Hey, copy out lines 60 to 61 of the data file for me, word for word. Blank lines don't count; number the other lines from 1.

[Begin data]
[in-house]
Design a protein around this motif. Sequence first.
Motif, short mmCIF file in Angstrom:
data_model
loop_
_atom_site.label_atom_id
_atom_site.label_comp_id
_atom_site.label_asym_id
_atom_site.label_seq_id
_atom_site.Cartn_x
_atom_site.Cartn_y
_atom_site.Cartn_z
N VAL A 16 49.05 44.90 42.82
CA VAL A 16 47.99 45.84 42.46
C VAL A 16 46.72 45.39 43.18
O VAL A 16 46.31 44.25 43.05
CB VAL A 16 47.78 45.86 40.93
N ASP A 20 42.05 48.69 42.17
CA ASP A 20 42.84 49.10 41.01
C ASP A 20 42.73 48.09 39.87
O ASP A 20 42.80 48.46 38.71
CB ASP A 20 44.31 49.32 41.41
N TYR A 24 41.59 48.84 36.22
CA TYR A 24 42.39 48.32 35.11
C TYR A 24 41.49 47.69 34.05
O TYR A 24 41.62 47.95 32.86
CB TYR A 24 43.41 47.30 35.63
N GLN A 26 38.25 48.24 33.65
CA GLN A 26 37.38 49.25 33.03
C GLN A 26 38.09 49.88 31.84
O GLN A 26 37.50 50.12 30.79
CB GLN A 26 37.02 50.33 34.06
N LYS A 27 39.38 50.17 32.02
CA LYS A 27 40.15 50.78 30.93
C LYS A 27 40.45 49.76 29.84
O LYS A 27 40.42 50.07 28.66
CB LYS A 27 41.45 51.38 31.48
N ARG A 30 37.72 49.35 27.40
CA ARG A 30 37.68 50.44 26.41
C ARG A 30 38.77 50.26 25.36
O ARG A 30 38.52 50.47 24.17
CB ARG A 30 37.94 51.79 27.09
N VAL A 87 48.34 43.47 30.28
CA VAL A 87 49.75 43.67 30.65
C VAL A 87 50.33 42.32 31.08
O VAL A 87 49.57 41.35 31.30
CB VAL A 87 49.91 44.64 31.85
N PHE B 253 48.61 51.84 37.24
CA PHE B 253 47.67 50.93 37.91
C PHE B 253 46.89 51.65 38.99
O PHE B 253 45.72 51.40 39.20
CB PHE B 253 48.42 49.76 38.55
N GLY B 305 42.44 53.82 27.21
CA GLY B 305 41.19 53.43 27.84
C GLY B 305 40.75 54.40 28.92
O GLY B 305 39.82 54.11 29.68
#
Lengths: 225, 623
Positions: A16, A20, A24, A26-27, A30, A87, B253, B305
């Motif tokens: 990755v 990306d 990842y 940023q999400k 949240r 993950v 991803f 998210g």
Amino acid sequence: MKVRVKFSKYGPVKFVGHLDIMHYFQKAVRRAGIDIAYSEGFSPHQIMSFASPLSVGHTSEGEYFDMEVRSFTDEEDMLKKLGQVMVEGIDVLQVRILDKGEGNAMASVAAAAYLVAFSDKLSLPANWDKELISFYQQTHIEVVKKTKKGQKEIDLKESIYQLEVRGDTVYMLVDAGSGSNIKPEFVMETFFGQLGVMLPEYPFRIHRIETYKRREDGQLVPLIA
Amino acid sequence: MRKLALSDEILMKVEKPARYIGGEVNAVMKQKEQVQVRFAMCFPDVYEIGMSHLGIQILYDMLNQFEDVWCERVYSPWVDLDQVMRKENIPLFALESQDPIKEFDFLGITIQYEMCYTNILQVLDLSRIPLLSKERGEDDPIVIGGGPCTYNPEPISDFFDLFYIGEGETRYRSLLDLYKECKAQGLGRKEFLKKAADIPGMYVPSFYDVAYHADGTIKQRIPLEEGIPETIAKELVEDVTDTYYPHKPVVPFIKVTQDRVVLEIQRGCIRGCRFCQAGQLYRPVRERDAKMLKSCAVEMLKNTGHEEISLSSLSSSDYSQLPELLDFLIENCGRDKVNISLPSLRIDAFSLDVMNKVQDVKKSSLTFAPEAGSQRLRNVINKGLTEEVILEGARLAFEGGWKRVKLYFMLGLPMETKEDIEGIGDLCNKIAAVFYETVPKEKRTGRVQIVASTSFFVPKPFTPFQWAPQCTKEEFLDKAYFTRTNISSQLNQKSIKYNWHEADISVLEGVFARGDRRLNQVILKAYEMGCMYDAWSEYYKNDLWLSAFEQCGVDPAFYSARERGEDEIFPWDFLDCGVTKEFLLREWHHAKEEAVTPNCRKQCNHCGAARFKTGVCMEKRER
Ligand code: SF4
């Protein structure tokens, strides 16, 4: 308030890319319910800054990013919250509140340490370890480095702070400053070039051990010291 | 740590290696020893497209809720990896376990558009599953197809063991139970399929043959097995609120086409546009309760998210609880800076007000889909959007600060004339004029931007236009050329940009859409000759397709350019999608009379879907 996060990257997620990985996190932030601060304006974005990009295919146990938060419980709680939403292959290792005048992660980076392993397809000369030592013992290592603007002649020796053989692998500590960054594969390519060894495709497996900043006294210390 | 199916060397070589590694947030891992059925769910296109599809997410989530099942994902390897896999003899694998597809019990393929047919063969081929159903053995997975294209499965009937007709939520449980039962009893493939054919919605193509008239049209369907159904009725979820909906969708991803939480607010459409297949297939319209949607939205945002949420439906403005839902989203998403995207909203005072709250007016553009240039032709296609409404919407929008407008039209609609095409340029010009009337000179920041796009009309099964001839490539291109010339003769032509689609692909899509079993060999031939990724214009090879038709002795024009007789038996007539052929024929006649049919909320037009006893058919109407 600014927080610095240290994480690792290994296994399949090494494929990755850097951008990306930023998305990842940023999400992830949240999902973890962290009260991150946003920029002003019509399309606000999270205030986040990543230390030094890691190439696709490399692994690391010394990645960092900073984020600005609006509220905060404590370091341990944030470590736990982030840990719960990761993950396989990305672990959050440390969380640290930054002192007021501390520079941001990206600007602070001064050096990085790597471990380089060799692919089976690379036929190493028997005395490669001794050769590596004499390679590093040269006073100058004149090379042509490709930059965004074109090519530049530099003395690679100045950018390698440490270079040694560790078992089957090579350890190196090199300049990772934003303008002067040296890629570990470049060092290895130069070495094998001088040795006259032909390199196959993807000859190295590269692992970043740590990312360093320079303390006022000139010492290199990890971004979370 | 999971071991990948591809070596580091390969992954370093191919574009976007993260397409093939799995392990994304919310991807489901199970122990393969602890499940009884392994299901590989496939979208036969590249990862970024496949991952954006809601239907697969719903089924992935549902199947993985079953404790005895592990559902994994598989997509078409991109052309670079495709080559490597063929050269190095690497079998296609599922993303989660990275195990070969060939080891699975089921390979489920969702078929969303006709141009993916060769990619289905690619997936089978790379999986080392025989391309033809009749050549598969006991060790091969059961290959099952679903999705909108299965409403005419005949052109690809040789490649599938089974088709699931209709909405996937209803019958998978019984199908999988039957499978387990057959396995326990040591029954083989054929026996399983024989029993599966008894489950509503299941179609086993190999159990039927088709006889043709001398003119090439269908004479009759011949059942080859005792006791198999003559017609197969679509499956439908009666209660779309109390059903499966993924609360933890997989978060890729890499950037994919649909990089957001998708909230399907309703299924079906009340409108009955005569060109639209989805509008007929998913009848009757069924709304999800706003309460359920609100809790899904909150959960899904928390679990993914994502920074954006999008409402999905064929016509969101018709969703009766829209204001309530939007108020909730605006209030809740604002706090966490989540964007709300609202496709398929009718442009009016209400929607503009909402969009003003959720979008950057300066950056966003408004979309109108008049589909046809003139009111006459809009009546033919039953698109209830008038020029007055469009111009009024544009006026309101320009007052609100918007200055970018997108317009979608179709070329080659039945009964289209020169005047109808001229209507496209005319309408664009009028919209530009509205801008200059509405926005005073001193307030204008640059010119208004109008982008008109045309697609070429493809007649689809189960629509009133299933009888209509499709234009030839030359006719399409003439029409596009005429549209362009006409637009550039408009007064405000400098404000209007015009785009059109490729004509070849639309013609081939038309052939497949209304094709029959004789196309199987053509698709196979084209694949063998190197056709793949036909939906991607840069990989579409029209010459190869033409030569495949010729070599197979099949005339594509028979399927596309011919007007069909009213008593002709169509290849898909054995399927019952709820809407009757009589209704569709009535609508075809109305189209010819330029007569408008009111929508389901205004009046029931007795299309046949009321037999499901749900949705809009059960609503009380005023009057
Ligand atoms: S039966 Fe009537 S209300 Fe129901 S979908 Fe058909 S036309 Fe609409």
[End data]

């Motif tokens: 990755v 990306d 990842y 940023q999400k 949240r 993950v 991803f 998210g």
Amino acid sequence: MKVRVKFSKYGPVKFVGHLDIMHYFQKAVRRAGIDIAYSEGFSPHQIMSFASPLSVGHTSEGEYFDMEVRSFTDEEDMLKKLGQVMVEGIDVLQVRILDKGEGNAMASVAAAAYLVAFSDKLSLPANWDKELISFYQQTHIEVVKKTKKGQKEIDLKESIYQLEVRGDTVYMLVDAGSGSNIKPEFVMETFFGQLGVMLPEYPFRIHRIETYKRREDGQLVPLIA